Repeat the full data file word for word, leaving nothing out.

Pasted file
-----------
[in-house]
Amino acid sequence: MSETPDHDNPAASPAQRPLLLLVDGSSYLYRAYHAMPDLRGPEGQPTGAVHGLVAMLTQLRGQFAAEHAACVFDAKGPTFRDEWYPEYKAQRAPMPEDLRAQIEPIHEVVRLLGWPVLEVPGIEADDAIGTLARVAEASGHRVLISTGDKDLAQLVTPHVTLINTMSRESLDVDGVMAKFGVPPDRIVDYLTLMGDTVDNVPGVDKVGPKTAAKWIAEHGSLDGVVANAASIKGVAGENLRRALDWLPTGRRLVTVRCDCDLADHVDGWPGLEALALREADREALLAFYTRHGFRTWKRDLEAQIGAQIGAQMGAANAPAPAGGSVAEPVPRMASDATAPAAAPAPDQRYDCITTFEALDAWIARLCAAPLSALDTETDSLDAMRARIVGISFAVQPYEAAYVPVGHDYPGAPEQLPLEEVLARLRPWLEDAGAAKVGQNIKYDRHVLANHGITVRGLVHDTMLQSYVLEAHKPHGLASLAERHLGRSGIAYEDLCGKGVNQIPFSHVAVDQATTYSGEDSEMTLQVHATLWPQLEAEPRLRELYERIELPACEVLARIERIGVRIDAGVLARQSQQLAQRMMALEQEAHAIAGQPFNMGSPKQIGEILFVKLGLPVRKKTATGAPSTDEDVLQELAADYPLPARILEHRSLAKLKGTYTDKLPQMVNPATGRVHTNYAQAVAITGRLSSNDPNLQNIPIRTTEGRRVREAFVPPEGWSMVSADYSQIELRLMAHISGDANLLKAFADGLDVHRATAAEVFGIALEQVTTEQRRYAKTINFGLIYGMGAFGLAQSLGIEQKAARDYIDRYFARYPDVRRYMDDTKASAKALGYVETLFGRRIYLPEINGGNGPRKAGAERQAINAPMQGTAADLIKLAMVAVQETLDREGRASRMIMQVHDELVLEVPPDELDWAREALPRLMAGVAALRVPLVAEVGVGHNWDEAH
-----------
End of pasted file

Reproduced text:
[in-house]
Amino acid sequence: MSETPDHDNPAASPAQRPLLLLVDGSSYLYRAYHAMPDLRGPEGQPTGAVHGLVAMLTQLRGQFAAEHAACVFDAKGPTFRDEWYPEYKAQRAPMPEDLRAQIEPIHEVVRLLGWPVLEVPGIEADDAIGTLARVAEASGHRVLISTGDKDLAQLVTPHVTLINTMSRESLDVDGVMAKFGVPPDRIVDYLTLMGDTVDNVPGVDKVGPKTAAKWIAEHGSLDGVVANAASIKGVAGENLRRALDWLPTGRRLVTVRCDCDLADHVDGWPGLEALALREADREALLAFYTRHGFRTWKRDLEAQIGAQIGAQMGAANAPAPAGGSVAEPVPRMASDATAPAAAPAPDQRYDCITTFEALDAWIARLCAAPLSALDTETDSLDAMRARIVGISFAVQPYEAAYVPVGHDYPGAPEQLPLEEVLARLRPWLEDAGAAKVGQNIKYDRHVLANHGITVRGLVHDTMLQSYVLEAHKPHGLASLAERHLGRSGIAYEDLCGKGVNQIPFSHVAVDQATTYSGEDSEMTLQVHATLWPQLEAEPRLRELYERIELPACEVLARIERIGVRIDAGVLARQSQQLAQRMMALEQEAHAIAGQPFNMGSPKQIGEILFVKLGLPVRKKTATGAPSTDEDVLQELAADYPLPARILEHRSLAKLKGTYTDKLPQMVNPATGRVHTNYAQAVAITGRLSSNDPNLQNIPIRTTEGRRVREAFVPPEGWSMVSADYSQIELRLMAHISGDANLLKAFADGLDVHRATAAEVFGIALEQVTTEQRRYAKTINFGLIYGMGAFGLAQSLGIEQKAARDYIDRYFARYPDVRRYMDDTKASAKALGYVETLFGRRIYLPEINGGNGPRKAGAERQAINAPMQGTAADLIKLAMVAVQETLDREGRASRMIMQVHDELVLEVPPDELDWAREALPRLMAGVAALRVPLVAEVGVGHNWDEAH